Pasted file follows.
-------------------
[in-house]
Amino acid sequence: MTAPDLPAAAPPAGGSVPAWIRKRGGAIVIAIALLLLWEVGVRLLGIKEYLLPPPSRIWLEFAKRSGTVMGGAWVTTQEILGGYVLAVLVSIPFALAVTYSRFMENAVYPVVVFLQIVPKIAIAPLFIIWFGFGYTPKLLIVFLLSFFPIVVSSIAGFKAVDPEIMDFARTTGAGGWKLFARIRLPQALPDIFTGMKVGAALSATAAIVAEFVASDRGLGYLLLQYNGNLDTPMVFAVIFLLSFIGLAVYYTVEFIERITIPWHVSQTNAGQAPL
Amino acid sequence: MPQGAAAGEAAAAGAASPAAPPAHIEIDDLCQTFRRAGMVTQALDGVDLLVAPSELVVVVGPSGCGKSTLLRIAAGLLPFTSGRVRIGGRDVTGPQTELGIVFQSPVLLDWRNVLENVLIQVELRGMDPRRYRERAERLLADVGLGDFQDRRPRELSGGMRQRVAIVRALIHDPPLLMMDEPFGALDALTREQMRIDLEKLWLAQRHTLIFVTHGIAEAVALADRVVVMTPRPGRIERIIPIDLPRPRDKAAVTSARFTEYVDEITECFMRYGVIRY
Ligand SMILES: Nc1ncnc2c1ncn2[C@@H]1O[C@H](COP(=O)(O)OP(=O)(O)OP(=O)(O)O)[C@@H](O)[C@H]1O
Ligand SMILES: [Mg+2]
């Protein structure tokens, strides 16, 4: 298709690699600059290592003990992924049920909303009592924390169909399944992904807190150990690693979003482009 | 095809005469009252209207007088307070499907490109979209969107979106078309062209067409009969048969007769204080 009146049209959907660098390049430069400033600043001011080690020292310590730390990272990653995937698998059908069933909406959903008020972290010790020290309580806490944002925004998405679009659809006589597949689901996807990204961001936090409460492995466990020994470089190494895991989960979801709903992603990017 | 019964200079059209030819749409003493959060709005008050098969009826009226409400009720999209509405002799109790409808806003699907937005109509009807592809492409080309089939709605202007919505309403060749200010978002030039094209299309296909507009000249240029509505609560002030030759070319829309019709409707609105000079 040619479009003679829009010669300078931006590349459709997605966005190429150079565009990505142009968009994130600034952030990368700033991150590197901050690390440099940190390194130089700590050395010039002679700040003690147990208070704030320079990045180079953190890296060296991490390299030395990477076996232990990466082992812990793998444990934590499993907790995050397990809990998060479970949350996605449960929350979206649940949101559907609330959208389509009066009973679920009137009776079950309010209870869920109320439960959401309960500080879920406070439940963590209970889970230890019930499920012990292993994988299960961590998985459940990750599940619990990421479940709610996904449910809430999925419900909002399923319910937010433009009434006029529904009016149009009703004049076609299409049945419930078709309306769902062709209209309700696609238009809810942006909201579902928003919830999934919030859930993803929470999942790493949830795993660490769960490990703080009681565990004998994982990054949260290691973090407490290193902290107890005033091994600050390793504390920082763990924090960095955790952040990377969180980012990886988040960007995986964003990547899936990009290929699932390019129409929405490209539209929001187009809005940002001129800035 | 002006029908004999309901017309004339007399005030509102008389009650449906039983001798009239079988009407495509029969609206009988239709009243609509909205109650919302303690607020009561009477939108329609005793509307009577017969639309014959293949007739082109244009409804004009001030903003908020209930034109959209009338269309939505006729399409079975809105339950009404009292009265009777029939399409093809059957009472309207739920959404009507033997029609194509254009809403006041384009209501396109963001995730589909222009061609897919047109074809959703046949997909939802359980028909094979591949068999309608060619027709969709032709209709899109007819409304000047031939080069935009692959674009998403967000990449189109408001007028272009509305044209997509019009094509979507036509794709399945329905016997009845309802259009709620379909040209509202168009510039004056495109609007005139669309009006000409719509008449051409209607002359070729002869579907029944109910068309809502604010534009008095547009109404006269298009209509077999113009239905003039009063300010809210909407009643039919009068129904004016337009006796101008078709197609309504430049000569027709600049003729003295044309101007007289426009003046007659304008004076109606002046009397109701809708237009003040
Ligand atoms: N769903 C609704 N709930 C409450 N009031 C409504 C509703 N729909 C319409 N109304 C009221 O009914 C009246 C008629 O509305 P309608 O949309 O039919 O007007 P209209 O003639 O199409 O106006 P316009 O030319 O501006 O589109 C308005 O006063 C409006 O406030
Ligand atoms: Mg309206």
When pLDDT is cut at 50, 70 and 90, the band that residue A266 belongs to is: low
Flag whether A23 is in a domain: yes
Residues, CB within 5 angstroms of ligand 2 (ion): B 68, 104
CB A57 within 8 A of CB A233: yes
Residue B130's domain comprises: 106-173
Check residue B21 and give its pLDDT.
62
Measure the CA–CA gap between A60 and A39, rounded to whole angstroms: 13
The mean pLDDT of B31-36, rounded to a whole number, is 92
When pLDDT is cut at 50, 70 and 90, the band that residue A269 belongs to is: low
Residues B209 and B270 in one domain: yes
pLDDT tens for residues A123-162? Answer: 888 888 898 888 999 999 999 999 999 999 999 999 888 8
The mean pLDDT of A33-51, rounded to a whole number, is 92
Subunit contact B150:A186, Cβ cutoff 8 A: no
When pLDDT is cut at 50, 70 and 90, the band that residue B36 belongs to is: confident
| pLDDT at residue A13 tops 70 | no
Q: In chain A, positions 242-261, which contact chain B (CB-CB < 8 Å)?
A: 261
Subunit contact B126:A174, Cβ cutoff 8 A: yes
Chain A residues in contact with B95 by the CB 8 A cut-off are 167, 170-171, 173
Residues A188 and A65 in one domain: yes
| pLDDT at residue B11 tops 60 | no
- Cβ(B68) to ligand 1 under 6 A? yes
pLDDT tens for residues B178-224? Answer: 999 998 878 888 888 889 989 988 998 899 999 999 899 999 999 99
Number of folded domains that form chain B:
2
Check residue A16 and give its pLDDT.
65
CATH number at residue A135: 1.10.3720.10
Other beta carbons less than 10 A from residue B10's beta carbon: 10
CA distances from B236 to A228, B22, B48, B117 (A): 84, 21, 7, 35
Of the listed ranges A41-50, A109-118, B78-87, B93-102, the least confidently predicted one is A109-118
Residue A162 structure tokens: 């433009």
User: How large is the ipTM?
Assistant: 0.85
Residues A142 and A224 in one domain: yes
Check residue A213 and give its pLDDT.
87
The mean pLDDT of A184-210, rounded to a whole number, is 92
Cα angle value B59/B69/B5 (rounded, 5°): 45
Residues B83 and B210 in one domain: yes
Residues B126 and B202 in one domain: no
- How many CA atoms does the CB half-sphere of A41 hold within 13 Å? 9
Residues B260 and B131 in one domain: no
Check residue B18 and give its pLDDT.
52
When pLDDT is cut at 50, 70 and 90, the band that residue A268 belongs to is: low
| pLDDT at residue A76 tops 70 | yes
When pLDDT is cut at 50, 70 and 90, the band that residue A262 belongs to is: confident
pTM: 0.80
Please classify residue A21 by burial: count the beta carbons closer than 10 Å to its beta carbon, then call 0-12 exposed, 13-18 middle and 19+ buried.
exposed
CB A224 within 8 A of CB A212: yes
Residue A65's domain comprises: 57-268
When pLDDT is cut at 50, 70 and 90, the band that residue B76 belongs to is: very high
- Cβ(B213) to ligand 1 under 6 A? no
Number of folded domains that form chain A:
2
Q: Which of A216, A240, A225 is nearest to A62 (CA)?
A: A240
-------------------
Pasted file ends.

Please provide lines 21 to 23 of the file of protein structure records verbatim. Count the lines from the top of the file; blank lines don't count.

The mean pLDDT of A33-51, rounded to a whole number, is 92
Subunit contact B150:A186, Cβ cutoff 8 A: no
When pLDDT is cut at 50, 70 and 90, the band that residue B36 belongs to is: confident